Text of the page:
Claim about Brown and taxes in Whitman ad is false, according to source
The source cited in a Meg Whitman advertisement said Saturday that his claim that taxes were higher after Jerry Brown’s two terms as governor was inaccurate.
“… I was wrong when I said that ‘state taxes were still higher’ during his last year than when he began. In fact, they were a bit lower,” Brooks Jackson, whose 1992 CNN report has been cited by the Whitman campaign, wrote in a post on FactCheck.org. Jackson, who founded the organization after leaving CNN, said he used the wrong year as a baseline in his calculations.
The CNN report was raised in a Whitman television ad that features 1992 footage of then-presidential candidate Bill Clinton slamming Brown's claim that he lowered taxes as governor. The video came from a Democratic primary debate that featured both men.
"CNN. Not me, CNN says his assertion about his tax record was, quote, just plain wrong," Clinton says in the ad. "He raised taxes as governor of California.... He doesn't tell the people the truth."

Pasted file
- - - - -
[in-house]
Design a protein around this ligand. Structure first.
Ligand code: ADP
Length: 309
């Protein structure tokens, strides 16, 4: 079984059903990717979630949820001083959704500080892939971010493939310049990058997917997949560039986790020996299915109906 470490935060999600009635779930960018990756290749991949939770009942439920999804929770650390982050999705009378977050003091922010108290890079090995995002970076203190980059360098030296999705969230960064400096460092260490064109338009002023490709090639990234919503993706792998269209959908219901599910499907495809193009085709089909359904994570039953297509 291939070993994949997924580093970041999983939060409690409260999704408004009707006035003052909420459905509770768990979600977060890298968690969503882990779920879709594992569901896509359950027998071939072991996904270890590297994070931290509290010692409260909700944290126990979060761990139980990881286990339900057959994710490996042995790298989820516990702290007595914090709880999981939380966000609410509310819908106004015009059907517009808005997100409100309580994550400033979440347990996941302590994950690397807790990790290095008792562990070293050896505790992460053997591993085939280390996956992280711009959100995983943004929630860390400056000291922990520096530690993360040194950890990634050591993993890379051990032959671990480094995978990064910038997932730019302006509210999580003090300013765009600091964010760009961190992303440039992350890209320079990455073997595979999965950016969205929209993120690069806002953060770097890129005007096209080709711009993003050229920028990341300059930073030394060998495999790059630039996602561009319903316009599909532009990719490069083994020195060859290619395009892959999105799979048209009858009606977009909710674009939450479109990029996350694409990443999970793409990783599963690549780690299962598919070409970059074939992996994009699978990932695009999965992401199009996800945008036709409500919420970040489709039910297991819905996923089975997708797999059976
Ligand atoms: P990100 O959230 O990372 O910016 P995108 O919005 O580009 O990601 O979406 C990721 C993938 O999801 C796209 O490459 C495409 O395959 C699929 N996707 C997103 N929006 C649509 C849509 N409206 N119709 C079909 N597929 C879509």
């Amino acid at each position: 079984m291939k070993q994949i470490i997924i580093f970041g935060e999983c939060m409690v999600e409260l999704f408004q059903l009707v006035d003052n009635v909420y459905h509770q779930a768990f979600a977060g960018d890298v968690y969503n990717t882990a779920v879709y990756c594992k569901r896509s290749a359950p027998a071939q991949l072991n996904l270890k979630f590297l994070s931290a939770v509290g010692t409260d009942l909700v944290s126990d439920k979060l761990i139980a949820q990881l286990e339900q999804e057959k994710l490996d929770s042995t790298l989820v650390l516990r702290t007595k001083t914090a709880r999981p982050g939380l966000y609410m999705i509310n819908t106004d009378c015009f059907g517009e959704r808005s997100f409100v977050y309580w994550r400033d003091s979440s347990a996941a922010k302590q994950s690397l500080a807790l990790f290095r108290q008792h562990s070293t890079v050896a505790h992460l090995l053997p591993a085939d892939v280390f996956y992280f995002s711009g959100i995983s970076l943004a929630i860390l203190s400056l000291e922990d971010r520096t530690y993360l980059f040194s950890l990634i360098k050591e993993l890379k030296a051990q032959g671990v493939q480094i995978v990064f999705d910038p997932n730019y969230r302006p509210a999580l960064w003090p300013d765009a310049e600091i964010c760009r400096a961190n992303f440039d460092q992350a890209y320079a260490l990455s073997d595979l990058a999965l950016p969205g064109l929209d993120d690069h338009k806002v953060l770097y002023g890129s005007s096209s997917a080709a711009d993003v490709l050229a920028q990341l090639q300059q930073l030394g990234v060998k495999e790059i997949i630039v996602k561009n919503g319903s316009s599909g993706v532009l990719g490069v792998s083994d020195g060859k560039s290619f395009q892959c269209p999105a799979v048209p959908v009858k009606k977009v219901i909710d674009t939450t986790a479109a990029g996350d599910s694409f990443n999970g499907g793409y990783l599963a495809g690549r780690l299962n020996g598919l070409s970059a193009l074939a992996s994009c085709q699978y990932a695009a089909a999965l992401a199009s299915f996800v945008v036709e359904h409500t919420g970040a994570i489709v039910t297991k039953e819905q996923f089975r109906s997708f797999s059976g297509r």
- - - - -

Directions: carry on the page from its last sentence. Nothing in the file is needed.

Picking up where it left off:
When the ad debuted Thursday, the Brown campaign protested that taxes were lower after he finished his second term in 1983 compared to when he took office in 1975, and on Friday, the state Department of Finances confirmed that to be true.
Sterling Clifford, a spokesman for Brown, renewed his call Saturday for Whitman to take down the ad.
“For Meg Whitman to continue running an ad she knows is false is intentional dishonesty, and voters should expect better from a candidate for governor,” he said.
The Whitman campaign stood by the ad, saying the average state tax burden over Brown’s eight-year tenure is greater than when he took office.
“CNN is a lot less relevant than the indisputable fact that Bill Clinton, not me, said that Jerry Brown turned a $6-billion surplus into a $1-billion deficit, opposed Proposition 13 and ‘doesn’t tell people’ the truth," said spokesman Tucker Bounds.
-- Seema Mehta in Los Angeles